• Evidence on your credit report and other documentation in the mortgage file of the length of time since completion of your foreclosure to the date of application and of completion of the recovery time period requirements.

Generally speaking, conventional lenders require a minimum credit score of 620 and a maximum debt-to-income ratio of 45%. A traditional down payment is 20%, though it’s possible to qualify for certain conventional loans with a down payment as low as 3%. Borrowers who make down payments of less than 20% are responsible for paying private mortgage insurance as part of their mortgage payments.

FHA loans

Insured by the Federal Housing Administration, FHA loans are often one of the first options foreclosed-upon borrowers turn to. If you’ve gone through a full foreclosure and repaired your credit, you may be eligible for an FHA loan in just three years.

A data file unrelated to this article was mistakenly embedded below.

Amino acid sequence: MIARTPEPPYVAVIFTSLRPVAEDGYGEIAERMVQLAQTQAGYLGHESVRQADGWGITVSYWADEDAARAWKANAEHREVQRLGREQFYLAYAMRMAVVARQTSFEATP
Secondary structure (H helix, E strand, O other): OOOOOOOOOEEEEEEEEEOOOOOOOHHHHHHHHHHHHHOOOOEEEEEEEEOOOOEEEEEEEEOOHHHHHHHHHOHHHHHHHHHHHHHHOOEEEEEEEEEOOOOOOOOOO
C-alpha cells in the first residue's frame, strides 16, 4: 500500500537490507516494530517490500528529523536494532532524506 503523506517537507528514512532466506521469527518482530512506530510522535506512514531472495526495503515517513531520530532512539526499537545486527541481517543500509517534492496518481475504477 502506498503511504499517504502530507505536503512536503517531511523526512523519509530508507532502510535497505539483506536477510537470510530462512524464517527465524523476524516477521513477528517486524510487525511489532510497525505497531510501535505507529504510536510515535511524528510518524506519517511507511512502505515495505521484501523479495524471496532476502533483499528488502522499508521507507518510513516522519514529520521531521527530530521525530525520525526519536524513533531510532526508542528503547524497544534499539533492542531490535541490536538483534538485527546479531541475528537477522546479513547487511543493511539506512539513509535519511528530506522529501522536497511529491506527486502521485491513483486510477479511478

In most cases, borrowers must have at least a 580 credit score and a 3.5% down payment to qualify for an FHA loan. The absolute minimum credit score is 500, though the minimum down payment increases to 10% of the home price for anything less than 580. The maximum debt-to-income ratio is 43%, though borrowers with higher DTI ratios can be approved with compensating factors.

Although FHA loans require significantly lower down payments and look for lower credit scores than conventional mortgages, most loans are insured by annual and upfront mortgage insurance premiums, which will increase your monthly mortgage payment.

Upfront mortgage insurance premiums cost 1.75% of the loan amount for the majority of FHA loans. Annual mortgage insurance premiums cost between 0.45% and 1.05%, depending on the mortgage term, loan amount and down payment percentage. And unless you put down 10% at closing, you’ll pay annual mortgage insurance for the life of your FHA loan. The only other option to get rid of mortgage insurance is to refinance into a conventional mortgage after building at least 20% equity.